Canada Passes New PIPEDA Provisions

    Jul 22, 2015

    Canadian officials are warning organizations that handle personal information to review their privacy policies and security safeguards to ensure compliance with the recently passed Digital Privacy Act.

    The new provisions, which took effect June 18, are part of the Personal Information Protection and Electronic Documents Act (PIPEDA). They allow for significant fines and require breach notifications.

    The Financial Post reports, “The mandatory notification provisions require organizations to notify the privacy commissioner, as well as potentially affected individuals, of a privacy breach ‘as soon as feasible,’ but only if there is a ‘real risk of significant harm.’”

    The mandate defines significant harm as humiliation, reputational damage, loss of employment or business opportunities, financial loss, and identity theft, according to the Financial Post. Companies also may be required to notify other organizations if doing so might mitigate the harm.

    Penalties for knowingly violating the notification requirements can reach $100,000 per violation. The new provisions also state that the privacy commissioner is no longer required to keep private the confidential information gathered from complaints or others.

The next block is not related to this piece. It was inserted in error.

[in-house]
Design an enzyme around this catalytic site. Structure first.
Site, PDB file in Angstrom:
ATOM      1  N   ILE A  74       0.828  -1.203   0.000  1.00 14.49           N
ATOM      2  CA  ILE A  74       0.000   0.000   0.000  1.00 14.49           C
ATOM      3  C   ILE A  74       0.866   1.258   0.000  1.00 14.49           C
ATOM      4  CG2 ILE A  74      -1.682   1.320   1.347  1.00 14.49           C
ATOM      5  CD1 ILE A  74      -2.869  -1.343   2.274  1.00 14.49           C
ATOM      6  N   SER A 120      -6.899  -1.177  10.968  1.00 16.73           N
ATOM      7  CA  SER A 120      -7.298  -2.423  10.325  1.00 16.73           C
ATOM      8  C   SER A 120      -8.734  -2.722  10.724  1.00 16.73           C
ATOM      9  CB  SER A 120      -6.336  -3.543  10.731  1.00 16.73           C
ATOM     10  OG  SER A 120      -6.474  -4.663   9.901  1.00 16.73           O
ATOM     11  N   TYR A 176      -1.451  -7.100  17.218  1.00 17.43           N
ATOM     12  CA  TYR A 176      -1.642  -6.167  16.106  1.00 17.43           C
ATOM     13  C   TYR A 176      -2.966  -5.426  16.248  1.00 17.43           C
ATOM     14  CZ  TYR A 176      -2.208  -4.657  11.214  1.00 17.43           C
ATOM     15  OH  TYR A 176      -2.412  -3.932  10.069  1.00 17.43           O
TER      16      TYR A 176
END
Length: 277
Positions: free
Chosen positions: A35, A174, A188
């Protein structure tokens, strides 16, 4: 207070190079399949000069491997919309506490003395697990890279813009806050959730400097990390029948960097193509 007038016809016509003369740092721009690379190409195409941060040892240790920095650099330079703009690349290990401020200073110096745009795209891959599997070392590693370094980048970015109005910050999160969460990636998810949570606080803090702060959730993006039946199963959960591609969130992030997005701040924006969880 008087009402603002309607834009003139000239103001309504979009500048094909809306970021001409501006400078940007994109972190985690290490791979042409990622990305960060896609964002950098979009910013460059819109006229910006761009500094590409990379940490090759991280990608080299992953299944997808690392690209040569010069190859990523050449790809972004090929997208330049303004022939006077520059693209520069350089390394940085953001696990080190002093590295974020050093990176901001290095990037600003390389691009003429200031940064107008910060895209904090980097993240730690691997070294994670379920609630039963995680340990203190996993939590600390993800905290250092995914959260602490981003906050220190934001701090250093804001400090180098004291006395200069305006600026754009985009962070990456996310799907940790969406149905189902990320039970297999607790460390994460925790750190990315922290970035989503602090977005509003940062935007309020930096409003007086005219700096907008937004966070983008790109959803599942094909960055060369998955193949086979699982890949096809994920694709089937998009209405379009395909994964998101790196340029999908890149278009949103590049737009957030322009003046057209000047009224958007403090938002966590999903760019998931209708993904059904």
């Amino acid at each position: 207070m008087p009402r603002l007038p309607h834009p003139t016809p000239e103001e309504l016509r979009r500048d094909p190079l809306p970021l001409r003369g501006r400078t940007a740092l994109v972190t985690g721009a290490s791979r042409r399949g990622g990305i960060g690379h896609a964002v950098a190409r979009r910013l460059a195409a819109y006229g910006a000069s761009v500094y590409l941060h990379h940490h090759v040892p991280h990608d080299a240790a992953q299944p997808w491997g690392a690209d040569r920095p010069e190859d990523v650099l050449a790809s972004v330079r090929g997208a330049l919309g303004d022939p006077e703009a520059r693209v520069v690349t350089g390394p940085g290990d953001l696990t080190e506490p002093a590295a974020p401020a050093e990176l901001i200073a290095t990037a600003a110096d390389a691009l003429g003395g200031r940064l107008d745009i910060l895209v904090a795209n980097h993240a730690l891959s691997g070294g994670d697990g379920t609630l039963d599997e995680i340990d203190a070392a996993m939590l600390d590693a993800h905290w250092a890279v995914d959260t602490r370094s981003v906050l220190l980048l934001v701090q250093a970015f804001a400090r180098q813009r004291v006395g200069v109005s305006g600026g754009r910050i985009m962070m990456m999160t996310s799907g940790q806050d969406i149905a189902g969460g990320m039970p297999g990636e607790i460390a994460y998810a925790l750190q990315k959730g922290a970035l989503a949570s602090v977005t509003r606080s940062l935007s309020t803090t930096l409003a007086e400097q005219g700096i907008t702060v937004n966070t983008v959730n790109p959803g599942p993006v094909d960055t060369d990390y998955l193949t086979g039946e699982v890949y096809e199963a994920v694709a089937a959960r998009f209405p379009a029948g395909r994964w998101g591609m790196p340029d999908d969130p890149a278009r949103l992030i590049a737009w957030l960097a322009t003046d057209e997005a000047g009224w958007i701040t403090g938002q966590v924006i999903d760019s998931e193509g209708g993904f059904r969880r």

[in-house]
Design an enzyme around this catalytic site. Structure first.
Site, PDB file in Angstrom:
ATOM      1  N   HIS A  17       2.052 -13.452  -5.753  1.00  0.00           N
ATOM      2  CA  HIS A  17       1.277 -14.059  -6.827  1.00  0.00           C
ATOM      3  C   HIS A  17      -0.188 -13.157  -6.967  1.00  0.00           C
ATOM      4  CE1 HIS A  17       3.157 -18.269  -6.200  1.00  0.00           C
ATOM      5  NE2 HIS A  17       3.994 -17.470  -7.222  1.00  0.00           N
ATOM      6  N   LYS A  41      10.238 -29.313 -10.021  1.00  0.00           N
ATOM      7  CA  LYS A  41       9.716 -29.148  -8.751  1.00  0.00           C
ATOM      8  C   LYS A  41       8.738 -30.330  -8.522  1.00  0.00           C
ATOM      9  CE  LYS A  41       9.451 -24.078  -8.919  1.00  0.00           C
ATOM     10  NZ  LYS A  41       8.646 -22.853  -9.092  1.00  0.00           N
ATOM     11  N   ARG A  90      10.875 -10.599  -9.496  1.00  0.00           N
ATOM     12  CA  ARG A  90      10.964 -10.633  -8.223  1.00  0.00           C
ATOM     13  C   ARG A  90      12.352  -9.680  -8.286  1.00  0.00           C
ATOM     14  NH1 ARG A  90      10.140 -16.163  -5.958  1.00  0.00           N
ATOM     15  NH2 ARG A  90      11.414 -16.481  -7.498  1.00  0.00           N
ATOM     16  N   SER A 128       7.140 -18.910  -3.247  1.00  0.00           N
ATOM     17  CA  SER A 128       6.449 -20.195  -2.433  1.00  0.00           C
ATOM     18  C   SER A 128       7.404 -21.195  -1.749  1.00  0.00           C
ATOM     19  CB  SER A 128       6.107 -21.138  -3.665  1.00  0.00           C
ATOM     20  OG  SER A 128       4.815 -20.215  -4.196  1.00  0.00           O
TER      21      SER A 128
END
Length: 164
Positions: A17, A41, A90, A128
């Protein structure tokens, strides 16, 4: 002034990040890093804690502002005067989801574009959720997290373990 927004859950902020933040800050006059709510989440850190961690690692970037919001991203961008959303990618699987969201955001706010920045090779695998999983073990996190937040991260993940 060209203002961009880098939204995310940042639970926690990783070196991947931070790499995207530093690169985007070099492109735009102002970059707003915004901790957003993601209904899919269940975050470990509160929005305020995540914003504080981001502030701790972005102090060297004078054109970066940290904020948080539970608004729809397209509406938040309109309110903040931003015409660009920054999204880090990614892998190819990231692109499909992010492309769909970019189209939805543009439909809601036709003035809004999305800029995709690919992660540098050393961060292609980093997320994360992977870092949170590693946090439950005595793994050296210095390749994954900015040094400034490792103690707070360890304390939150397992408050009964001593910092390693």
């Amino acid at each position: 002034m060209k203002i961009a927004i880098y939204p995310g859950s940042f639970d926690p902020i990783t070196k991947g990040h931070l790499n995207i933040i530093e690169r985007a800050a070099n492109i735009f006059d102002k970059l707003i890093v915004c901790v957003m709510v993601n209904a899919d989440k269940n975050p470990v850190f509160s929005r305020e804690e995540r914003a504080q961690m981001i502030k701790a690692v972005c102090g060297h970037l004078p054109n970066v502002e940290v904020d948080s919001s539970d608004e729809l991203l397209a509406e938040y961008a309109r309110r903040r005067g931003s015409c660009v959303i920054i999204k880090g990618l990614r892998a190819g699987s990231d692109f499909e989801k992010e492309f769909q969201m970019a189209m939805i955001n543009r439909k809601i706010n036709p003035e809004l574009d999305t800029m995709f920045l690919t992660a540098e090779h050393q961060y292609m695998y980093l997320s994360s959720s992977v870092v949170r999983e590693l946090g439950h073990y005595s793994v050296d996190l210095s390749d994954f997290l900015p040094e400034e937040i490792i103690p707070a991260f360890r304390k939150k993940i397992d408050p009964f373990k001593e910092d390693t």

“This is likely to make organizations much less willing to make a full and frank disclosure to the Commissioner,” advised lawyers Daniel Glover, Charles Morgan, Barry Sookman, and Kirsten Thompson in McCarthy Tétrault’s e-Lert. “In addition, organizations dealing with the Commissioner will now have to be concerned about ensuring their trade secrets and confidential information are adequately protected (potentially through sealing orders or similar mechanisms) as well as ensuring that, by providing information to the Commissioner, they are not in violation of their agreements with third parties or requests made by law enforcement.”

    Other notable features of the legislation include targeted exceptions to the need for consent, and expansion of the scope of “business contact information” that will not be treated as “personal information.”

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